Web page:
Wine Is Fine, but Whiskey’s Quicker: A Father’s Lament
Pain and depression keep this husband and father from doing what society’s gender norms have told him he should do for his family.
I live with severe depression. It is a blessing, and it is a curse.
My worst enemy is my own thought process, always dragging me to hell, always telling me how worthless I am as a human being.
My biggest strength is my thought process. I experience extreme empathy for others who suffer. I live life in a great deal of physical pain, and I use this experience with pain to write about others who suffer, and I try to encourage compassion towards others who are sometimes unfairly judged negatively.
As a man, friends, family, and society, in general, have an expectation that I work and earn an income, especially considering I have a wife and three sons. Throughout my 20s, going to work every day was my strength; it was what I did best. I was reliable in that way.
Then came pain, stress, and depression. When the ability to work for a living was taken away at age 30, as my optimism for healing faded, the depression strengthened. Eventually, depression took over my entire thought process. My number one priority was to set a good example for my 3 sons. What kind of example am I setting by not going to work every day? My mind worked overtime to make sure I knew that I was setting a terrible example. My mind told me I should leave, get out of the way and let them move on, perhaps a stepfather would set a better example than I could. My mind told me over and over again what a loser I am.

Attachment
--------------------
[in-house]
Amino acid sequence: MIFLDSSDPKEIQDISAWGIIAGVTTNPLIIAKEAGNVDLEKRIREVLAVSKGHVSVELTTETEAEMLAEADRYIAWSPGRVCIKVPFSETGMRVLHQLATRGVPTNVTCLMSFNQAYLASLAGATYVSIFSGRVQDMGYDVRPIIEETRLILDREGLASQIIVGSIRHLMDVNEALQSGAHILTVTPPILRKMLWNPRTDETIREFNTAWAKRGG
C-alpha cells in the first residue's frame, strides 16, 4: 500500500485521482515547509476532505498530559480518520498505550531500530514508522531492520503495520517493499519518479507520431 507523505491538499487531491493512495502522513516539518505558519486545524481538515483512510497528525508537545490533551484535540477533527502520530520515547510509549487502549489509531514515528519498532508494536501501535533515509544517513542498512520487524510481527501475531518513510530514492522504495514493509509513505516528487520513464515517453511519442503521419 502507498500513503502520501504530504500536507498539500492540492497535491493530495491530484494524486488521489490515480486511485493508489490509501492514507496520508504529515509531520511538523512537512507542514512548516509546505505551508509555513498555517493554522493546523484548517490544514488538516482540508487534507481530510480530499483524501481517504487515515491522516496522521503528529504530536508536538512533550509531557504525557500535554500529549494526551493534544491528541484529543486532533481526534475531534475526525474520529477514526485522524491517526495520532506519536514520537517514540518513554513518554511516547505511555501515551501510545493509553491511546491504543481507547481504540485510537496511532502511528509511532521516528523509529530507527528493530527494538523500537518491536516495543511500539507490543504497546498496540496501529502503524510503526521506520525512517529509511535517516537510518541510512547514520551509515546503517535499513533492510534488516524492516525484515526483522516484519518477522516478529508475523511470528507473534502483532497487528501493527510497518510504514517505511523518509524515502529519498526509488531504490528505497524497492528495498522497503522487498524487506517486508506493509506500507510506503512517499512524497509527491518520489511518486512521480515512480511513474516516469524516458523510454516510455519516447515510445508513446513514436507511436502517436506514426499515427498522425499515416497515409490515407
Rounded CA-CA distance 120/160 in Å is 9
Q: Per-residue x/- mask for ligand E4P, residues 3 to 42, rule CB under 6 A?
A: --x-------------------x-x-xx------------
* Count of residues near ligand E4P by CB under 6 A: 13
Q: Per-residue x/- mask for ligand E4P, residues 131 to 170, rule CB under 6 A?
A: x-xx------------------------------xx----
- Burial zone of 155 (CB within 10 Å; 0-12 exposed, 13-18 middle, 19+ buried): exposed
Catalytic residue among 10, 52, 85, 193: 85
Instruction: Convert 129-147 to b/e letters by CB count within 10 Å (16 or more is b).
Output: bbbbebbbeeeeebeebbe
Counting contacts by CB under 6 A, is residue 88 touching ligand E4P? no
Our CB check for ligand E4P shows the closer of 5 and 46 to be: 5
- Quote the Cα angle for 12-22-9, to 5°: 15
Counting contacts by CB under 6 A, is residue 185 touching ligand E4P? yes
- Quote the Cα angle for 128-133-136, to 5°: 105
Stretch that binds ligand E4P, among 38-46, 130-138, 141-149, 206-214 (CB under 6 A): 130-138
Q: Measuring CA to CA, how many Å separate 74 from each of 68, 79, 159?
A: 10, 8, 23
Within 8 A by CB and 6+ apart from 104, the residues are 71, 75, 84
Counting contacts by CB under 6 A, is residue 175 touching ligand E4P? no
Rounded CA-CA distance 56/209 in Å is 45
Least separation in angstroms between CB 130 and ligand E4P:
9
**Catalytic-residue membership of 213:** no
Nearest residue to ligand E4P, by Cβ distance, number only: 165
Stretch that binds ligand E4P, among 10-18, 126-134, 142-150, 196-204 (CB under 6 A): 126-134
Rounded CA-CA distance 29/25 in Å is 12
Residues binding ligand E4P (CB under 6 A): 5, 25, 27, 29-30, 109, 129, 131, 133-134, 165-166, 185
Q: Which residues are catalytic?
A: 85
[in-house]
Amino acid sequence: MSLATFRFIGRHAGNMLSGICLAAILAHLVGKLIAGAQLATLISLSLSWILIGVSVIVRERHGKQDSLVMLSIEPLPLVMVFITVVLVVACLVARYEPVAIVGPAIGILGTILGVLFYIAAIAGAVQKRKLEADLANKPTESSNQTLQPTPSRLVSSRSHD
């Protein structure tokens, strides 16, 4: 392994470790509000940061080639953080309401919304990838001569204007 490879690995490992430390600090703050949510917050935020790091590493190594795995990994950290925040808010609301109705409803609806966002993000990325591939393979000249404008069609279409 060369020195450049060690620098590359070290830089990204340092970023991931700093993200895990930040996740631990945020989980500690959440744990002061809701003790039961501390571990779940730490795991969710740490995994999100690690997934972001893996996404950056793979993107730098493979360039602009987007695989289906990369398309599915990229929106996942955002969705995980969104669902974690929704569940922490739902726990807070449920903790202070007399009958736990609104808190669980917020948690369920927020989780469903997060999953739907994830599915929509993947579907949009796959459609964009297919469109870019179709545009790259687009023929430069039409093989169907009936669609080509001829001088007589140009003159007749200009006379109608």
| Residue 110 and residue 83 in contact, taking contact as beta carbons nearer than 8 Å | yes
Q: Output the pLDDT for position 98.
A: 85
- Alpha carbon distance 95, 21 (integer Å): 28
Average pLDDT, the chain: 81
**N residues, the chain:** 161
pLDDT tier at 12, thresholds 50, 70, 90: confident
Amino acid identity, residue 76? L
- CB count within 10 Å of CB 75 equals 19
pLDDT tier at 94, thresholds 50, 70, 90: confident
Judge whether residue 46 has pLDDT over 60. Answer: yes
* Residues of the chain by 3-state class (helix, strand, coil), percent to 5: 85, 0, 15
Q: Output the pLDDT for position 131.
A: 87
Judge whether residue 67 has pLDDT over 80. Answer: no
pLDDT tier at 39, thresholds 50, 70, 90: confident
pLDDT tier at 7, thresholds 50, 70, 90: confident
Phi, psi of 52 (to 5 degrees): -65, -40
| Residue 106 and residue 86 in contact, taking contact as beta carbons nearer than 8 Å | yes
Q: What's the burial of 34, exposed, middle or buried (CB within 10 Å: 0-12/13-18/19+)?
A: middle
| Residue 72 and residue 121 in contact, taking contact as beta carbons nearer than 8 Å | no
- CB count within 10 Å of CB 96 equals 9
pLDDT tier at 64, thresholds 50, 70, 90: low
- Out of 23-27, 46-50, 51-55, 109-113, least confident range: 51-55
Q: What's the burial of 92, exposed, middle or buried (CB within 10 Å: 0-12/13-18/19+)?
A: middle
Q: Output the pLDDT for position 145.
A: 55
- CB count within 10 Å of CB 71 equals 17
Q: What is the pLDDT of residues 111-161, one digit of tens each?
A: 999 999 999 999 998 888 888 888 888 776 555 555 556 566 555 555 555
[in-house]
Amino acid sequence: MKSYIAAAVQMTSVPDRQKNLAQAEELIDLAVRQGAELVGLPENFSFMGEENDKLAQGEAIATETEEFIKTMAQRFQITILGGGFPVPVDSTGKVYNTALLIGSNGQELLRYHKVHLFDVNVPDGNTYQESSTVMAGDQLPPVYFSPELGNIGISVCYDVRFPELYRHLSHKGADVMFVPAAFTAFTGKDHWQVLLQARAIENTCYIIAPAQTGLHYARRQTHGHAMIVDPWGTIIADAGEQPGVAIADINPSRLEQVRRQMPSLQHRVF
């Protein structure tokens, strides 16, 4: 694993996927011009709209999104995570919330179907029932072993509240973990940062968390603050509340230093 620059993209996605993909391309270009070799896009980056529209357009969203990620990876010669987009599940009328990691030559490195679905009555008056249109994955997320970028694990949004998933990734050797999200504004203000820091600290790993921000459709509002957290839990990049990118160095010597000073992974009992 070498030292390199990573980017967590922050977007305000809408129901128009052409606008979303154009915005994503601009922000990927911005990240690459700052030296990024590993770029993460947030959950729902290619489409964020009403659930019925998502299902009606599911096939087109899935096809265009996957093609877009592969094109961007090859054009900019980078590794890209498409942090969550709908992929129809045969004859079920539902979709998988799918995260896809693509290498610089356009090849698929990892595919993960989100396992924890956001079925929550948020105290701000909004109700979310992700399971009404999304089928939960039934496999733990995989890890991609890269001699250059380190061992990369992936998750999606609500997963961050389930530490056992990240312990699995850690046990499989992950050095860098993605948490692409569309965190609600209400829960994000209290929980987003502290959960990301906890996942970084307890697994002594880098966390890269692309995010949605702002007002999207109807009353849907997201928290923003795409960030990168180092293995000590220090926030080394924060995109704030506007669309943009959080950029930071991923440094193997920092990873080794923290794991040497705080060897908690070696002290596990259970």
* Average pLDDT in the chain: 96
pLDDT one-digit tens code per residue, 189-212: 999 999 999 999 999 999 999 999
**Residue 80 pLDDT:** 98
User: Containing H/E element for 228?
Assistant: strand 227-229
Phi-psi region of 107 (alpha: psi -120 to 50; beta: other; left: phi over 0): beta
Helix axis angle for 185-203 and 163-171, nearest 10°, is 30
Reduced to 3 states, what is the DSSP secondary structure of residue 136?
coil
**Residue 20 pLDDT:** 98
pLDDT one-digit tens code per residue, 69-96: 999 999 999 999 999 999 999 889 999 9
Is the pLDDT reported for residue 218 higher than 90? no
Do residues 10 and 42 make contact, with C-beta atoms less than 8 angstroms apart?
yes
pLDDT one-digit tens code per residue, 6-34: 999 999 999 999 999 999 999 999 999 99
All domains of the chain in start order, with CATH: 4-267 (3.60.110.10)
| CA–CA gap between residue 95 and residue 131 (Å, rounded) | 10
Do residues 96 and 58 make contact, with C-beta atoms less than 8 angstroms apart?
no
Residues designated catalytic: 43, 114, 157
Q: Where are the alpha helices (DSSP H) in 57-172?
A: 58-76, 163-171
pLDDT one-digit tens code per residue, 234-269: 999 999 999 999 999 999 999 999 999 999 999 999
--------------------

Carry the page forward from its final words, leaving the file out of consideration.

I quit answering the phone because I did not want to have to deal with the inevitable question, “How are you healing? Are you able to work now?” I was, and still am, too ashamed to answer the question saying I do not work, I do not earn an income. I don’t get in a car very often, but when I am at a grocery store, I avoid former co-workers as if they are threatening me with a contagious cocktail of Zika virus, West Nile virus, and some ebola for good measure. In fact, what I fear are their judging eyes. I can almost hear them thinking, “If you aren’t able to work, why are you…